Well, this is clearly not much of a breakout over 1985. It’s
almost as if we dribbled across the line and then decided we
wanted a do-over. In fact, the Dow has been red for
four of the last six trading sessions. So much for the big-
So many stocks are gapping up and down on earnings that I
truly cannot recall another earnings season with so many
gaps. If it were all gaps up, then I’d say, well, that’s
because we have so many shorts in the market, but my oh my,
we have just as many gaps down. It looks as though
tomorrow’s big name in that category will be
I want to reiterate that the market feels as though it is
running on empty in some ways. If I showed you the charts of
five or six Dow stocks that have gapped down this week and
didn’t tell you what the Dow had done this week, you would
have thought for sure there would have been several triple-
The inverse is that Apple (AAPL:Nasdaq) did not
exactly blow the doors off, and folks are more than willing
to give it a pass until next quarter. Facebook
(FB:Nasdaq), on the other hand, did blow the doors off and
yet managed to close on the lows, albeit up nicely on the
And how about the reversal in some of those airlines today?
You would have thought for sure the Dow Transportation Index
was down hard. But nope, it lost a whole two bucks!
The Russell 2000 lagged again today, and in turn so did
breadth, and that means here we are one week into the
oversold rally, and the McClellan Summation Index is still
pointing down. We are swiftly working off that oversold
reading from last Thursday evening.
In good news today, the Hi-Lo Indicator is curling back up,
although the raw number of stocks at new highs continues to
lag significantly. The other good news is that the folks on
TV have started to notice the divergences and point them
out. That’s good news, because when they ignore them, it
shows giddiness; when they don’t, it shows concern.
Let me make a few comments on the put/call ratios. The 30-
day moving average of the equity put/call ratio has
decidedly turned up. In the past four years, that has been
bearish on an intermediate-term basis when it occurs from
these levels (chart shown below). The 10-day moving average
is heading down, and that implies a short-term oversold
condition in the market. The raw data for the put/call ratio
today was 91%, which leans somewhat high (bullish). However,
on the basis of the numbers, we are dropping off this moving
average, and if the readings stay in the 90s for a few more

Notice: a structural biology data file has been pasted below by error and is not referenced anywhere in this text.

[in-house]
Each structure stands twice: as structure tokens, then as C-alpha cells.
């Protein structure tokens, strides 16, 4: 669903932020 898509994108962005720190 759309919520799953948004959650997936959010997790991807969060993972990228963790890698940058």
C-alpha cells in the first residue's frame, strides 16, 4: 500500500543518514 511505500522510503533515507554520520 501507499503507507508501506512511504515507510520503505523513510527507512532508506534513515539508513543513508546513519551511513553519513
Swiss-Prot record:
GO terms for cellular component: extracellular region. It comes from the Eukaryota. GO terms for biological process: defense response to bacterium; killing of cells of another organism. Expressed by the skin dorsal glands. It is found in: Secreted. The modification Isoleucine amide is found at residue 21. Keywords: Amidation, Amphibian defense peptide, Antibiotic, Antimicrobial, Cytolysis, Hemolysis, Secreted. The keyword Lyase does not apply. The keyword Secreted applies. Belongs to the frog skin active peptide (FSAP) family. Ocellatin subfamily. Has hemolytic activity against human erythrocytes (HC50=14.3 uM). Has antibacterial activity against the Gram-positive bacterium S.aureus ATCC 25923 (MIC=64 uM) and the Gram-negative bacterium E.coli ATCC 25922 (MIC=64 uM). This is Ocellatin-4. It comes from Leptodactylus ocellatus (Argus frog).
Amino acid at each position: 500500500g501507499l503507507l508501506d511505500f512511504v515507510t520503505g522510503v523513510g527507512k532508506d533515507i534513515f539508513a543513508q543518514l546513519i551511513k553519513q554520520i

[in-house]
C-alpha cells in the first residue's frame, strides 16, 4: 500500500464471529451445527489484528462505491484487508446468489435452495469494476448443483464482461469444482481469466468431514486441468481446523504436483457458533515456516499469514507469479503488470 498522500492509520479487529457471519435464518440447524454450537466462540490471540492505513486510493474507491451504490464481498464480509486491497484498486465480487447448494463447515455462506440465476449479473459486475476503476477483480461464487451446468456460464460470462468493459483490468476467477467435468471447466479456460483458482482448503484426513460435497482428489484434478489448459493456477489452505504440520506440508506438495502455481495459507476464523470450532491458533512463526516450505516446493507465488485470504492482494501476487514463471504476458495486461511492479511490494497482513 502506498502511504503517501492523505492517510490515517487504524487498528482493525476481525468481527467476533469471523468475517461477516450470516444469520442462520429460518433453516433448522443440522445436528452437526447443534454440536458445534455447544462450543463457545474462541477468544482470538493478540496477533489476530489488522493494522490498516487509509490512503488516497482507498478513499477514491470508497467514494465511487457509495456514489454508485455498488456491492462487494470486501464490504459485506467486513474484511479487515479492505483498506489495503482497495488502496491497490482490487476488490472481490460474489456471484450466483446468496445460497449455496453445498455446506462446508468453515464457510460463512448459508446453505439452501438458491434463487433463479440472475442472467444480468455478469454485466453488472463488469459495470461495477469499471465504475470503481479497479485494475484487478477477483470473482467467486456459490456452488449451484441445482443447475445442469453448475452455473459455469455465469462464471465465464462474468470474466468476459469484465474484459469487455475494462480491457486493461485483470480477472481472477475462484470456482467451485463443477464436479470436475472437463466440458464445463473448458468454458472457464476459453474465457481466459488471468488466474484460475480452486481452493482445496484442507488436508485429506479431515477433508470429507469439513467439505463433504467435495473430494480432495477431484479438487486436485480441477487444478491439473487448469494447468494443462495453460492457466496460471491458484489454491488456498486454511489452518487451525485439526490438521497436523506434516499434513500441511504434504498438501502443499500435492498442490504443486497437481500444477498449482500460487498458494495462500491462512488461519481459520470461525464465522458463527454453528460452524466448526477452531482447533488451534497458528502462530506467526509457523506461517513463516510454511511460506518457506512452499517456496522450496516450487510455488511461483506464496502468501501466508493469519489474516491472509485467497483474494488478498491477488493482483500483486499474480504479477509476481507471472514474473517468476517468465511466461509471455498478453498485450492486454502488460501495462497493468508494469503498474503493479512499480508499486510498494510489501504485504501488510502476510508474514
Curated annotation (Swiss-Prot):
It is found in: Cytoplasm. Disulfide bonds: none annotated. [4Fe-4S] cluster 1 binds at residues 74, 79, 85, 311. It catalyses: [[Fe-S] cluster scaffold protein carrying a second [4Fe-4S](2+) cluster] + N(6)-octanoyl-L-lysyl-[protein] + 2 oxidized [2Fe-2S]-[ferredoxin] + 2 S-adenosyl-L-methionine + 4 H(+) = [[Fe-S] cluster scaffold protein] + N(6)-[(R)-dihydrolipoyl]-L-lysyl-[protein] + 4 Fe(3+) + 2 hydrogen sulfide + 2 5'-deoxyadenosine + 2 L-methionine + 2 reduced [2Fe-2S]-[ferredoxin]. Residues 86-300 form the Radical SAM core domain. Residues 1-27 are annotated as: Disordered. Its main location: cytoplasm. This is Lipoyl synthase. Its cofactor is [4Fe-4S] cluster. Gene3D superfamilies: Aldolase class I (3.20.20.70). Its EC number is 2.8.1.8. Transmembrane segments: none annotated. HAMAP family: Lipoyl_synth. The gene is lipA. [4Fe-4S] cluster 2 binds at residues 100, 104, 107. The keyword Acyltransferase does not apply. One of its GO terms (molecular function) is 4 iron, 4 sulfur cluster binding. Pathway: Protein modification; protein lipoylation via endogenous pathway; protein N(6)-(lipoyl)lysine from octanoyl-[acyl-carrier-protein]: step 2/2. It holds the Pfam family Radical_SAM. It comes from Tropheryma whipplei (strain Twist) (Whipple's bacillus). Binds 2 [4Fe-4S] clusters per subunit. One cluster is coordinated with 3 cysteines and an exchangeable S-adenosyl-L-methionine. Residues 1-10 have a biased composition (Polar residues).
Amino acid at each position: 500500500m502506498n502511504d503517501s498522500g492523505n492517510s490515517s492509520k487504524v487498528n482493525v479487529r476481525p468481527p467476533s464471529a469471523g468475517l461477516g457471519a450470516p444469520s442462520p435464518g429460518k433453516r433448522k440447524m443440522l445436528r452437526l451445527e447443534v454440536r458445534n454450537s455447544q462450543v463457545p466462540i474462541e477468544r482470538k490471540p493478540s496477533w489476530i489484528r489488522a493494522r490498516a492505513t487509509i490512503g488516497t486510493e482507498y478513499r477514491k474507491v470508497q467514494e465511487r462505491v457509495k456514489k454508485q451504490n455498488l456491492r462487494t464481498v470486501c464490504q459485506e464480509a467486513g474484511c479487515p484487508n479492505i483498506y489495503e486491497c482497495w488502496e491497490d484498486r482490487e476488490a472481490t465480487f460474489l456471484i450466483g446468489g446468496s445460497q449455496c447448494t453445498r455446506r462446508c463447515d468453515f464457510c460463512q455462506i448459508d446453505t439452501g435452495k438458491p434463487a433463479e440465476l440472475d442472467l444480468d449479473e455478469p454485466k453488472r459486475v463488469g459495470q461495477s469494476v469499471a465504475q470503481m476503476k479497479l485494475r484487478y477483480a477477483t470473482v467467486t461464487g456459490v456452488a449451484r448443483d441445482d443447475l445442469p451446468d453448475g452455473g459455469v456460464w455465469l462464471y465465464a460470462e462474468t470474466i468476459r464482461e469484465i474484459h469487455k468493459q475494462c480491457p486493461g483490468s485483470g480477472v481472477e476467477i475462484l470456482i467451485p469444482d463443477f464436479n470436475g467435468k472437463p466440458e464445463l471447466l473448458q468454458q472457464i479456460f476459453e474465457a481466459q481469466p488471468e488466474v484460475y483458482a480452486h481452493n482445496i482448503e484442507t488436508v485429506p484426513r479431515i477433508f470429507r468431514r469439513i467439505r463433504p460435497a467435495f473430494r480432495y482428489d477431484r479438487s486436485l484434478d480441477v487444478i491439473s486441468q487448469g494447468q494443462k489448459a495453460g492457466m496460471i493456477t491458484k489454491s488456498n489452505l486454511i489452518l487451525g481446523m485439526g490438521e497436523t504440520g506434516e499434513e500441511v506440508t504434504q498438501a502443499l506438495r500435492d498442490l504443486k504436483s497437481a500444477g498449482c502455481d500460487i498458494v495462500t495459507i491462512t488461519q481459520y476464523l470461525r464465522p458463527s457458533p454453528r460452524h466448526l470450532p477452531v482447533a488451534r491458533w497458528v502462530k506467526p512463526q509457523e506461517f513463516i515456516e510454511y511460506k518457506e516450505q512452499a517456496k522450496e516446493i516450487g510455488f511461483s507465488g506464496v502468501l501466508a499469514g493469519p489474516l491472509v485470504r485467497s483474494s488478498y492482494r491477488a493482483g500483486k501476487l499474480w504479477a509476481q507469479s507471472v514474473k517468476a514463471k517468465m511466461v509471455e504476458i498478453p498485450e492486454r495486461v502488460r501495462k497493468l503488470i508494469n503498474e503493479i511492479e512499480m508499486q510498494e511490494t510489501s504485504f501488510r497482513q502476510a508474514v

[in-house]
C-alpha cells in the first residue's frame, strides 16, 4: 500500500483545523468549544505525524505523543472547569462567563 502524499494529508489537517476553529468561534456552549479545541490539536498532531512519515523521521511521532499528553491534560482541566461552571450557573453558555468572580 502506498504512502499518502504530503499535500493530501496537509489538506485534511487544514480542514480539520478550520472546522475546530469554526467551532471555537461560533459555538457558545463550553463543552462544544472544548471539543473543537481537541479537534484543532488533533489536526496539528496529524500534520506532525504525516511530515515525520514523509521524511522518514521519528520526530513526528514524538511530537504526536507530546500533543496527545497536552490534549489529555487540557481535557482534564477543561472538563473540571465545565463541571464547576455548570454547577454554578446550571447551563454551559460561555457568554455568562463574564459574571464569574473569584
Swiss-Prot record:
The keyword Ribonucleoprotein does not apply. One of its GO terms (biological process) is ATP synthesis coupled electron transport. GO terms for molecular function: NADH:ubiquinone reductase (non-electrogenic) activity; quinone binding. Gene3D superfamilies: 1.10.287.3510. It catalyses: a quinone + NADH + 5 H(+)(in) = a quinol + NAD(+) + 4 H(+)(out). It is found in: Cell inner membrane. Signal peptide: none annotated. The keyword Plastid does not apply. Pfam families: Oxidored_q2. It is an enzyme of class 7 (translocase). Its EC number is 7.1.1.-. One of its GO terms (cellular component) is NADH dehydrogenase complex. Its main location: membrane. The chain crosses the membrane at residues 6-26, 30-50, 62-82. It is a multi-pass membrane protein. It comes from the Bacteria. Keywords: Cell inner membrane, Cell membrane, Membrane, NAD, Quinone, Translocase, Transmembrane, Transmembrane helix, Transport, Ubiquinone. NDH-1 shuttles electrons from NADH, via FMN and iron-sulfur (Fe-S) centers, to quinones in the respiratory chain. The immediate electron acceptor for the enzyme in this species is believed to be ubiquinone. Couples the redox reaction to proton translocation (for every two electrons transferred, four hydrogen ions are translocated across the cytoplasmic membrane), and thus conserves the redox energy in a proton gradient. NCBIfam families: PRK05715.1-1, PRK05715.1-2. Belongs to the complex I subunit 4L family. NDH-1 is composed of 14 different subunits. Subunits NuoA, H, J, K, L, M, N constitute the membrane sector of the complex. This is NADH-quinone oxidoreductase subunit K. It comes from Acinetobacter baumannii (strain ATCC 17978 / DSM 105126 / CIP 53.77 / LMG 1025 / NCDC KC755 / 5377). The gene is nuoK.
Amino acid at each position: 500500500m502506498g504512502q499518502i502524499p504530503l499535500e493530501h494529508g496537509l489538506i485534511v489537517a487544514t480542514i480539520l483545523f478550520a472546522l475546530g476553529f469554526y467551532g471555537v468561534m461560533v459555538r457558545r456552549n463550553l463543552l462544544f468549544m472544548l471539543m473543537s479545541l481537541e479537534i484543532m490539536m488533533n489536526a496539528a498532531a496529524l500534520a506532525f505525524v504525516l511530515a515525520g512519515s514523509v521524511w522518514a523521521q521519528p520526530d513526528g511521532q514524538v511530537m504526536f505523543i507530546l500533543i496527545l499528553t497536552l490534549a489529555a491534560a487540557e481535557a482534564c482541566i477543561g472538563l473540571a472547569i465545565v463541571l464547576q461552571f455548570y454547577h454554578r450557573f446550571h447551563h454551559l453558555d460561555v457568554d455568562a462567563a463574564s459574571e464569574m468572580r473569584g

days, the shorter-term moving-average line will turn back up
(bearish). The chart is shown below.
It’s hard to say exactly when we will be back to an
overbought reading, just because the market has been so
choppy in the last two weeks, but at least we know it is no
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We may as well look at the chart of Amazon
(AMZN:Nasdaq), since everyone will discuss it on Friday. You
can see the clear support at $320-$330. I am not a fan of
catching falling knives, but should the stock manage to hold
this area for three days, I’d be inclined to trade it from
the long side with a stop under $320.
The put/call ratio charts are discussed above.
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and her charting strategy and techniques. Please send an
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I have been a long-term fan of First Solar
(FSLR:Nasdaq) since the beginning of the year, but I must
say that the break under the line in early July -- and the
inability to recapture it -- is not something I am fond of
on the chart. However, in the near term it is trying to make
a small bottom. I would like to see a push over $65, and
while it would only measure to the underside of that uptrend
line, it would put some distance between the recent low and
the current price to make me feel better about owning it. If
I liked the market more, I’d think it has a teensy weensy
head-and-shoulders bottom forming here. Very teensy weensy!
Ulta Salon (ULTA:Nasdaq) really looks as though it is
trying to form a base. It clearly needs a breakout over that
resistance at $95 to improve it, but right now this action
in the past few days looks more like a small flag to me, so
I’m inclined to give this the benefit of the doubt. I would
not want to see it slip back under today’s low, though.
Also in retail land, J.C. Penney (JCP:NYSE) finds
itself in a triangle that would be a breakout over $9.50. I
must admit, I cannot possibly imagine how, with most of
retail in such a bad way, J.C. Penney can shine so much, but
the chart says that over $9.50, we’d have a target near $11.
The obvious stop is under $8.50.
The market has become quite narrow as a handful of stocks take the indices to higher highs.
Why a breakout should look like a breakout.
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